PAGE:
Re: Doesn't matter...
The fun thing about the real world is that it doesn't care about a "shouldn't".
10456 posts • joined 3 Jun 2008
The fun thing about the real world is that it doesn't care about a "shouldn't".
"Pedonoia represents the child state of Mind and the first child-like thoughts and child-models of information"
Of course not. Any self-respecting horse wears in-line skates. What do you think this is, the 70s?
I'm sure there is a possibility to bring up VALIS but I can't find it.
The fun thing about Syria is that you get deathsquatted by BOTH SIDES. What do?
Tango was hit thanks to a vulnerable WordPress installation
Maybe people should stop using integrated third-party WebShit 2.0 left and right (those dozens of integrated flypapers icons that NoScript always complains about) and have dedicated secure tools.
Don't you first need to pull a sword out of a block of concrete poured by Kellogs-Brown-Root?
I sure hope so, it is a private company.
No wait, this is 2013, it probably isn't legal.
...whereby settling companies get invited to defray the legal costs of the rest.
So I sit here today at my desk and Java (or rather JEE) is a bloated mess of a language with all kinds of crap I dont need, buzzwords, frameworks, annotations, black boxes, conventions, wierd gotchas and general broken-ness. And to cap it all the black hats are now a step or two ahead at all times.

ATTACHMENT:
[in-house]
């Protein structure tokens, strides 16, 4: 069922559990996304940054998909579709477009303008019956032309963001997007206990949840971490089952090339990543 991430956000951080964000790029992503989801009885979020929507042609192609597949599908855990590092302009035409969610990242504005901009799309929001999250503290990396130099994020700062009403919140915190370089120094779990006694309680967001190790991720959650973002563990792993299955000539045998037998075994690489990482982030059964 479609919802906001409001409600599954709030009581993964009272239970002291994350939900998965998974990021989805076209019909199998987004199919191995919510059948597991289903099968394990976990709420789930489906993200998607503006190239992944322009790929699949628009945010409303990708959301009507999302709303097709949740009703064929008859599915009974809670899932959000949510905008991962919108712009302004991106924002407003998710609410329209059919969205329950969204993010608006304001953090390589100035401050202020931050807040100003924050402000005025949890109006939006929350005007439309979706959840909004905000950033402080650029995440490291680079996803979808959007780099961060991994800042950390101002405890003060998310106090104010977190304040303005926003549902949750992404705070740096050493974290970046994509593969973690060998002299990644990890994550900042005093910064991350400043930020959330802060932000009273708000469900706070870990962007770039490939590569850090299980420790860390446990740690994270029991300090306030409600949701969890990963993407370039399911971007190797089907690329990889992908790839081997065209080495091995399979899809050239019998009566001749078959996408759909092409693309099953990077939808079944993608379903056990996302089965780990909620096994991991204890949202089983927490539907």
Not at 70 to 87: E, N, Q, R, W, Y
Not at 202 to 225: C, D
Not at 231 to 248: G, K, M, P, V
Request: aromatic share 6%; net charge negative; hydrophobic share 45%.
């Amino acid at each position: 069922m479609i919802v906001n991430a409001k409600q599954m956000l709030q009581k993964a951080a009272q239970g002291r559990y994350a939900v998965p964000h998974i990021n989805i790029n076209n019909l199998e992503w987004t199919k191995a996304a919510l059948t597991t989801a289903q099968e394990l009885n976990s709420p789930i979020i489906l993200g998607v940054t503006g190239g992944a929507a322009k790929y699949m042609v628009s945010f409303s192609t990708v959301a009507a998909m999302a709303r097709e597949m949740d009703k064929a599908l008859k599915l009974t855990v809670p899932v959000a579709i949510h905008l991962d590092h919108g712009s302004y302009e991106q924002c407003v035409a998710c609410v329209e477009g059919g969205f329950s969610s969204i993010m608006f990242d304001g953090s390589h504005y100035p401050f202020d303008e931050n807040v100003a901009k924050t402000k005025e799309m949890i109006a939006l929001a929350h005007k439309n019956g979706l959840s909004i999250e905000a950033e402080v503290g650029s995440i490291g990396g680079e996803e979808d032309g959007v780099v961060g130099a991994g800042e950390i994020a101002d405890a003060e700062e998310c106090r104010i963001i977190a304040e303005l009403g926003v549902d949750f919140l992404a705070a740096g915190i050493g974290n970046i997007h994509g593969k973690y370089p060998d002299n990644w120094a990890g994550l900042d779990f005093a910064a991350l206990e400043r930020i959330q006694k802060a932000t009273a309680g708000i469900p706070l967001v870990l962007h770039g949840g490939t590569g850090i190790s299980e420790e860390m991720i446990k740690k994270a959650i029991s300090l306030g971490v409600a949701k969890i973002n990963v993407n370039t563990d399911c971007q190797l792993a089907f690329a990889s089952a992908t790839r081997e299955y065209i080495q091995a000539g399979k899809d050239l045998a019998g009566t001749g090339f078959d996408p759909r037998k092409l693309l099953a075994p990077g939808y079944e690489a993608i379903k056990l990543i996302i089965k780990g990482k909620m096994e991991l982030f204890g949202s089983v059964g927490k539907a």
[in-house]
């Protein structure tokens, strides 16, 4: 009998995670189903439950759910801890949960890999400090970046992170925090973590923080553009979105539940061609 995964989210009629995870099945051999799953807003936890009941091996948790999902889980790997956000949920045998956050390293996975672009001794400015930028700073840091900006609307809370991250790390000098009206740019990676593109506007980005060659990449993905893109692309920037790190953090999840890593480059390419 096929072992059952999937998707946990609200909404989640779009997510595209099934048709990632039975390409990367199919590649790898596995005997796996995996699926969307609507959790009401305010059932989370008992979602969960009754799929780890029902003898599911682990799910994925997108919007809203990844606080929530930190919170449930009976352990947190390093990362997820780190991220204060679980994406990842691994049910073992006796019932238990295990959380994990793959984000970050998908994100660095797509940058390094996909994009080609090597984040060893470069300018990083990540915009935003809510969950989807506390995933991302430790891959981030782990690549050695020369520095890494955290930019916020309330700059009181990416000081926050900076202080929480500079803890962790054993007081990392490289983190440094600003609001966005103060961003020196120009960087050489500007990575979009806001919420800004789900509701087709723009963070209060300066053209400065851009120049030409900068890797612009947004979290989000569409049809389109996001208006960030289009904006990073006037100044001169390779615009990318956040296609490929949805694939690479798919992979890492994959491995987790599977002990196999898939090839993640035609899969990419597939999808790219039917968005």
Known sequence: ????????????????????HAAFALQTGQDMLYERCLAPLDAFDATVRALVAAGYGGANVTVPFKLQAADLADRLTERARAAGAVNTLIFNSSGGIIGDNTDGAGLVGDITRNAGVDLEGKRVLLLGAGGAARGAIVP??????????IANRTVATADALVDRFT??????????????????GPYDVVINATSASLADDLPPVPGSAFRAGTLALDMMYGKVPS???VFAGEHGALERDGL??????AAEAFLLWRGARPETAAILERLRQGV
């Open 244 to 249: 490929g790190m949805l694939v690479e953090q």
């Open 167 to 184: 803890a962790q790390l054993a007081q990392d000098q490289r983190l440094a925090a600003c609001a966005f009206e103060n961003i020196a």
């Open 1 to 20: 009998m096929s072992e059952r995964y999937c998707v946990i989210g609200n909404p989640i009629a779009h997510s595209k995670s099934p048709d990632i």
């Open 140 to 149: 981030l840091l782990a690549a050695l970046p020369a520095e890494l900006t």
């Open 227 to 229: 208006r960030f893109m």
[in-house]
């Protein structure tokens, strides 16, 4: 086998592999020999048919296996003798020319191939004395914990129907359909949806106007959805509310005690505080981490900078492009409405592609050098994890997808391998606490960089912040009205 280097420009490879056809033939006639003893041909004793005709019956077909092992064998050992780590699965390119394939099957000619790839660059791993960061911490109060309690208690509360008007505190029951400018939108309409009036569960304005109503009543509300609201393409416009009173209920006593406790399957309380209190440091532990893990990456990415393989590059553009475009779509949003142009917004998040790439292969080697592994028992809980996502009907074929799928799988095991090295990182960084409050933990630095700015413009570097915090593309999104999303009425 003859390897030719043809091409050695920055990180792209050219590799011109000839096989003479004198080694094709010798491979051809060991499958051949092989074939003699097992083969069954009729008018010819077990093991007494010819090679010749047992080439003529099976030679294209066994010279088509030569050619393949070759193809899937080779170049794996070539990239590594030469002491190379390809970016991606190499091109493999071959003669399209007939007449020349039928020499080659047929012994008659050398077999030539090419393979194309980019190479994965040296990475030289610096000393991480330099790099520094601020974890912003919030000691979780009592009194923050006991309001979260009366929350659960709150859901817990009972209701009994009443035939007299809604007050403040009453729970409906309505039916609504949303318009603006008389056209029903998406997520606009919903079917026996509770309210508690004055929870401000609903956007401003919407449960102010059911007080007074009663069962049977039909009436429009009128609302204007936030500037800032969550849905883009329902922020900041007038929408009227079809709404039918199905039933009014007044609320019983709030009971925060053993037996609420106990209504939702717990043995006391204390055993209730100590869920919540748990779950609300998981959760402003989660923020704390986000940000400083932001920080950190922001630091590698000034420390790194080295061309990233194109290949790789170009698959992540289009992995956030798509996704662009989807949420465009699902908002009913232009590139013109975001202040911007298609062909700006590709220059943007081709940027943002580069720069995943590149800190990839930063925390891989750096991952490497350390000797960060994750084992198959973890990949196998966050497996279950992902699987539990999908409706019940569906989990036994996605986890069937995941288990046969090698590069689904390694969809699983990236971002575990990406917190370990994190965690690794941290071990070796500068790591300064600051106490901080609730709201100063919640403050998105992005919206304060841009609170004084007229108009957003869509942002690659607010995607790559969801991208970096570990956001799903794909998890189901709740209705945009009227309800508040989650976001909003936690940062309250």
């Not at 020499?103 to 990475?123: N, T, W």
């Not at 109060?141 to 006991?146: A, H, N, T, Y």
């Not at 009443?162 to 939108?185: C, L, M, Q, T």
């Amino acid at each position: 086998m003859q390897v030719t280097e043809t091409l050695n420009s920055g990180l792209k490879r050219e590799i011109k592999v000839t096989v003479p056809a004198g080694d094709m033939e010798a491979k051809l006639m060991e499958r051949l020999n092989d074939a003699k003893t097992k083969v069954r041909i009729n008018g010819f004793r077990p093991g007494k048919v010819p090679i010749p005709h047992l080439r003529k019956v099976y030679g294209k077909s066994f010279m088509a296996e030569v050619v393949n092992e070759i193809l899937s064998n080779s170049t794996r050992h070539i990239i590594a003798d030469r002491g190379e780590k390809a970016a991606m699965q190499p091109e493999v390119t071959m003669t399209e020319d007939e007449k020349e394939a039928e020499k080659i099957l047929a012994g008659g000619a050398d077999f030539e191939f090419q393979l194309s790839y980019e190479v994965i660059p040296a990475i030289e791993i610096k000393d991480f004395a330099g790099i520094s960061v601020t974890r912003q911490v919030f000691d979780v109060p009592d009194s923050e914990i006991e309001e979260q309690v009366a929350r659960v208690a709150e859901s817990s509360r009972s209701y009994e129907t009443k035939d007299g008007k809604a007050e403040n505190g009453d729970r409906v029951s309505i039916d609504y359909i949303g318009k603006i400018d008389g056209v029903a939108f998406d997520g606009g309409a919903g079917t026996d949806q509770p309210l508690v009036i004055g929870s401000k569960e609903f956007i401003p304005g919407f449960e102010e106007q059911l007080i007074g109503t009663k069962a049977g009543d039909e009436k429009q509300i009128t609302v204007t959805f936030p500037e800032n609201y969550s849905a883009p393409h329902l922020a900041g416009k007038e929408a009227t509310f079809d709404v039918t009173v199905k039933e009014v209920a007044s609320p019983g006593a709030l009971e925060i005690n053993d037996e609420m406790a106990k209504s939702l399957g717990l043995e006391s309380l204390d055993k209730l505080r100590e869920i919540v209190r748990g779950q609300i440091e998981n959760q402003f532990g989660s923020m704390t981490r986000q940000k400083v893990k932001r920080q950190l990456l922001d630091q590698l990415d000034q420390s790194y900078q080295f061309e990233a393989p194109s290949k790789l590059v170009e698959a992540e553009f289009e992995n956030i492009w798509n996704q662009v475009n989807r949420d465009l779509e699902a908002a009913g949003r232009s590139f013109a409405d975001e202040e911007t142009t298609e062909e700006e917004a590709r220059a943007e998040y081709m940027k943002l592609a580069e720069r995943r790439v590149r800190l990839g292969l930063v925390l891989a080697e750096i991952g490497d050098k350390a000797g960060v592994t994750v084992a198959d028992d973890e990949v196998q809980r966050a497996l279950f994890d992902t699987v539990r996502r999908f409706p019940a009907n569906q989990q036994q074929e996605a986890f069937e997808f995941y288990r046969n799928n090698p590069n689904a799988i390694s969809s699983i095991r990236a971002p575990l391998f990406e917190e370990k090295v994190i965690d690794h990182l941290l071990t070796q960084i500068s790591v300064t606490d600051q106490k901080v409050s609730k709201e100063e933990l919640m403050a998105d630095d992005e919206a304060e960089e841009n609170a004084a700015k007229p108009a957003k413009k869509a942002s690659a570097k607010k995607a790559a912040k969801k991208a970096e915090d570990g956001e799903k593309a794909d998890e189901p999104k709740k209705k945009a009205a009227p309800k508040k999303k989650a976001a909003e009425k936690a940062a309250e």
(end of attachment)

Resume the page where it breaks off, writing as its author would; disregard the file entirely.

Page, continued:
Yeah, Mr "propellorhead". It's your arse that is a bloated mess. Hint train incoming:
1) You can leave JEE out if you just want SE. Do you know what I'm saying? Notze that you will have to pull in Hibernate or write your SQL queries through JDBC when you want persistent storage, which you will want pretty quickly.
2) If you want Spring, Groovy or soem other non-JEE API or framework building on SE, you know where to find it.
3) JEE is not "bloated" in any particular way. It is just what it is: an environment in which to write server-side applications. And it's pretty elegant, too. Compare with J2EE which was the wrong approach.
4) wierd gotchas and general broken-ness ... care to be precise?
"Black boxes"? What? "Annotations"? Do you prefer XML markup in side-dish files? "Conventions"? Yeah, these are bad, right?
Are you actually sure about what you are talking about? Because you sure don't sound like it.
gb2 your pseudo-assembler fail.
Released together with Windows 95? One would think there is no useful stuff that runs on Java Beta or that the power supply on the i486 box blew up at some point in time...
Epic Freud Stuff of the Week:
"Oracle is yet to respond to Gowdiak's discovery, so it's unclear if and when a fix might become available. The security giant last released..."
Tell me more about your security...
It will pupate and emerge as Lynch's version of Dune.
This will not ameliorate things a lot.
I will be listening to the soundtrack by Toto, thanks. And the thought of using Dick Cheney as Baron Harkonnen comes up...
And didn't Armin Müller Stahl transform the desert of Tataouine into a lush cornfield of genetically engineered corn bearing the alien-black-oil repelling virus in X-Files: The movie?
True but irrelevant as you just need the mark's phone number and his old SIM.
Yes, the Nanny with the leather outfit and the cats ears for me, please.
My coat? The one wih Gotlib's "Rhââ Lovely" in the pocket. Thank you, young lady.
spent a weekend on the Refresh button wondering when the site would return
Could have helped me mixing concrete...
Back in the sad, and portent-laden fading days of the Republic (the "Bubble in Time"), the following went to the printers:
by the Electronic Frontier Foundation.
Statements of note: